Meet Ting

Tec diver.

Keep scrolling to read her story…

Ting is an instructor on weekends but works for a biotech company during the week, and used to specialize in neuro psych research and neuropathology in autism. She started diving in 2013 for fun and in 2017, got into tech diving in order to access more complex dive sites in the Victoria region and this progressed to getting her Dive Master (DM) certification in Geelong.

Wreck diving is her passion, and it pushed her further into her tech diving qualifications. Ting has been a teaching as an instructor for the last four years and currently actively teaches specialty courses including wreck diving. Her diving style preference is side mount over using twin tanks and she promotes side mount diving for all of her divers including females which is sometimes problematic due to the additional weight. Ting trains dive masters out of Geelong and also is highly involved in AWARE events such as dive clean-ups and organises club dive trips.

Ting spent four years teaching Geelong Grammar school students how to dive and has noticed a change to more female representation than males in a recent cohort. She used to see around 50/50 male to female ratio but now is noticing more women wanting to learn how to dive, which she thinks is great.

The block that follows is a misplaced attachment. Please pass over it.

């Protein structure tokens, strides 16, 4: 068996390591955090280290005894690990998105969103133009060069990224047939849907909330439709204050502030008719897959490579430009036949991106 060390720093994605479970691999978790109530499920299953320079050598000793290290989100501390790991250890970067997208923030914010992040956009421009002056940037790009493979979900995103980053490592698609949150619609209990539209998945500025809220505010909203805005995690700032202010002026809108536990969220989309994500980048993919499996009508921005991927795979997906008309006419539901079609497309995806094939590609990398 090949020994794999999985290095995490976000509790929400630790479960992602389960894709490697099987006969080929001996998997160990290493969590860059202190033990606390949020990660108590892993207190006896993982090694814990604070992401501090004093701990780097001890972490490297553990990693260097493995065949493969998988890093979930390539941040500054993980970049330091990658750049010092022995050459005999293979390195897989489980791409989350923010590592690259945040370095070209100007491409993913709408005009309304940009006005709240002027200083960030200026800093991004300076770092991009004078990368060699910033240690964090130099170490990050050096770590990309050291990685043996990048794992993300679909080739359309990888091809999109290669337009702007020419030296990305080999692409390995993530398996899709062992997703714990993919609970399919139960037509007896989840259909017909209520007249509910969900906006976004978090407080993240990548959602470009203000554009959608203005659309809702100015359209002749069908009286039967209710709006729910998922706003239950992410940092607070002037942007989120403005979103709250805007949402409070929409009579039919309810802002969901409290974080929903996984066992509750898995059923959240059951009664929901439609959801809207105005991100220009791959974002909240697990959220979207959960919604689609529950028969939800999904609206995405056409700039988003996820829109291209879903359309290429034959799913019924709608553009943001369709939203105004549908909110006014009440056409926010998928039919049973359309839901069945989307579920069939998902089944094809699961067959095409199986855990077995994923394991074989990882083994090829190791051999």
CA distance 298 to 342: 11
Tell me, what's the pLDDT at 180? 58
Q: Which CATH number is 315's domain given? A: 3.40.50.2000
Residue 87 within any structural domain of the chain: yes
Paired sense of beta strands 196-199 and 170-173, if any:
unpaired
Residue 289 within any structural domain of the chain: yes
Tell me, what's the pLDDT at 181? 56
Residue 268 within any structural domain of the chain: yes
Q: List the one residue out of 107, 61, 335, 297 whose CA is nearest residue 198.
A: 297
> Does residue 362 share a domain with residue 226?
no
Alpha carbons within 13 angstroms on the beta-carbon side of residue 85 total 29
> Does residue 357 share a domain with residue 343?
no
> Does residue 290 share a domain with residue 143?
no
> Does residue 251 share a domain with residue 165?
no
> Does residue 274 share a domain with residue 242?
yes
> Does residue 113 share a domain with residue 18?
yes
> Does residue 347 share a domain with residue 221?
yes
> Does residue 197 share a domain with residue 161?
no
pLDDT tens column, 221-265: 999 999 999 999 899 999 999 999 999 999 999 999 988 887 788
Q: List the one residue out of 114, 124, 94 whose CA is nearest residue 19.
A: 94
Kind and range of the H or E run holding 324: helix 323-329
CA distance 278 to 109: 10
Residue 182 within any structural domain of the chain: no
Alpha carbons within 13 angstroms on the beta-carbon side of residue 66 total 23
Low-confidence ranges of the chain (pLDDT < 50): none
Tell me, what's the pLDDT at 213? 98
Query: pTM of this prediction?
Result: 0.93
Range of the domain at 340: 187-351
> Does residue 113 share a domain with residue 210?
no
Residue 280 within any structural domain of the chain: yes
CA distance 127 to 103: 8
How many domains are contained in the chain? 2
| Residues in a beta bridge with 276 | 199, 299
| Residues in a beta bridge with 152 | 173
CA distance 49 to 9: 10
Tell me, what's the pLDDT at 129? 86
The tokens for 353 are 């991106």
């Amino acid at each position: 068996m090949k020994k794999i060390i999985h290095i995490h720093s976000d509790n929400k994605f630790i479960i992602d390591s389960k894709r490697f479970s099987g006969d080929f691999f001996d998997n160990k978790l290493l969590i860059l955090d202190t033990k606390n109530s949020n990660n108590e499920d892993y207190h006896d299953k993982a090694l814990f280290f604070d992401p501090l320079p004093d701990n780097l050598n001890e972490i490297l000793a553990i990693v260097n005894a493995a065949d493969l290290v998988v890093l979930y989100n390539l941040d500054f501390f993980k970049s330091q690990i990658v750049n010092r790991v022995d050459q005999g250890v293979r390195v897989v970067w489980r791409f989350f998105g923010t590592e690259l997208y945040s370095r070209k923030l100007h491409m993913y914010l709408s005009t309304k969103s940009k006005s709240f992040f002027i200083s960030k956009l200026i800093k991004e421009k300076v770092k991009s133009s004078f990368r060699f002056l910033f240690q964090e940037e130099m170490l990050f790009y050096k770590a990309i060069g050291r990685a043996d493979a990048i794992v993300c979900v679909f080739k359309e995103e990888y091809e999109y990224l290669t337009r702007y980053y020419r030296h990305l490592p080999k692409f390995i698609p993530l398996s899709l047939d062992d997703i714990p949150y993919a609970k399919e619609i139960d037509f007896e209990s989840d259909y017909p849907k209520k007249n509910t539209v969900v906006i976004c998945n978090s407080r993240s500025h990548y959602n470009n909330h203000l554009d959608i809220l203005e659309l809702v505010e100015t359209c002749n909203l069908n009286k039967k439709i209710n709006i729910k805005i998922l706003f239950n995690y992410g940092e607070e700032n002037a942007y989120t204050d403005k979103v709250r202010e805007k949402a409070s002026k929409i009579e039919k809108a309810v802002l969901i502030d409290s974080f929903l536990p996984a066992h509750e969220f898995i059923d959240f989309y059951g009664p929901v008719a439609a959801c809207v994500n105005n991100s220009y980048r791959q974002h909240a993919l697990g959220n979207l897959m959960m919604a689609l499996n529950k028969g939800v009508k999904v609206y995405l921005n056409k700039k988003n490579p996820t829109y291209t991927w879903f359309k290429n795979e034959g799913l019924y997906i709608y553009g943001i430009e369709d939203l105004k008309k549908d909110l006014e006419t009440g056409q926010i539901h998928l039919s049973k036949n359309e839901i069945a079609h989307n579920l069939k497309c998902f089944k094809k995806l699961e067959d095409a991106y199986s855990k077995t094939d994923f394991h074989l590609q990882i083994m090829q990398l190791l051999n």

Challenges Ting has faced as a female instructor has mostly been around teaching older male students. Ting notices that she has to get through a barrier of convincing them that she knows what she’s doing, having to build rapport with them before they would listen to her and follow her guidance, especially when teaching higher level courses.

Ting teaches in Geelong where the other instructors are all men, over 50 years of age, and white. She is the only female instructor and notices that she is often given students who need more one to one support, sometimes due to them having more anxiety. She has also worked with disabled students, someone with a brain injury, and children with ADHD. Ting suspects that as the female instructor she is percieved as, and is more willing to support students who have additional barriers to learning, opposed to the male instructores who can be less patient. 

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